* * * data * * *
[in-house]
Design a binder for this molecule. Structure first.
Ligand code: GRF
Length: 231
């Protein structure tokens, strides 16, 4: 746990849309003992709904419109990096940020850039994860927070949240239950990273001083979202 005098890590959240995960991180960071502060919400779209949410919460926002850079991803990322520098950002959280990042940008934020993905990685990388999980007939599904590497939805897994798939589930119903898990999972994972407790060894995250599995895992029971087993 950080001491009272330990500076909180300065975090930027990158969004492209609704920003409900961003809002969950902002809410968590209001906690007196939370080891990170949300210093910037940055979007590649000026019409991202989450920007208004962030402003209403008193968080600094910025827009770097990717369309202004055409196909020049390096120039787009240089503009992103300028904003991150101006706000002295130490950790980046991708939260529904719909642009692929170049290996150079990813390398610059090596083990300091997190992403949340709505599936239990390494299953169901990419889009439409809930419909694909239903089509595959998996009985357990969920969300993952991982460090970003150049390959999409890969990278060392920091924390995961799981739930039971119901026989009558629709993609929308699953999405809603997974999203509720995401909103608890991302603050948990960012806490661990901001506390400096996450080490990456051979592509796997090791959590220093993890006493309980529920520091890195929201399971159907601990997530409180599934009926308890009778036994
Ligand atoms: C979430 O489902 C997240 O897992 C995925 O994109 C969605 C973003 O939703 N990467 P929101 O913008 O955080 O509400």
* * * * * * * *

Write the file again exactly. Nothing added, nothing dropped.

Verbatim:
[in-house]
Design a binder for this molecule. Structure first.
Ligand code: GRF
Length: 231
């Protein structure tokens, strides 16, 4: 746990849309003992709904419109990096940020850039994860927070949240239950990273001083979202 005098890590959240995960991180960071502060919400779209949410919460926002850079991803990322520098950002959280990042940008934020993905990685990388999980007939599904590497939805897994798939589930119903898990999972994972407790060894995250599995895992029971087993 950080001491009272330990500076909180300065975090930027990158969004492209609704920003409900961003809002969950902002809410968590209001906690007196939370080891990170949300210093910037940055979007590649000026019409991202989450920007208004962030402003209403008193968080600094910025827009770097990717369309202004055409196909020049390096120039787009240089503009992103300028904003991150101006706000002295130490950790980046991708939260529904719909642009692929170049290996150079990813390398610059090596083990300091997190992403949340709505599936239990390494299953169901990419889009439409809930419909694909239903089509595959998996009985357990969920969300993952991982460090970003150049390959999409890969990278060392920091924390995961799981739930039971119901026989009558629709993609929308699953999405809603997974999203509720995401909103608890991302603050948990960012806490661990901001506390400096996450080490990456051979592509796997090791959590220093993890006493309980529920520091890195929201399971159907601990997530409180599934009926308890009778036994
Ligand atoms: C979430 O489902 C997240 O897992 C995925 O994109 C969605 C973003 O939703 N990467 P929101 O913008 O955080 O509400």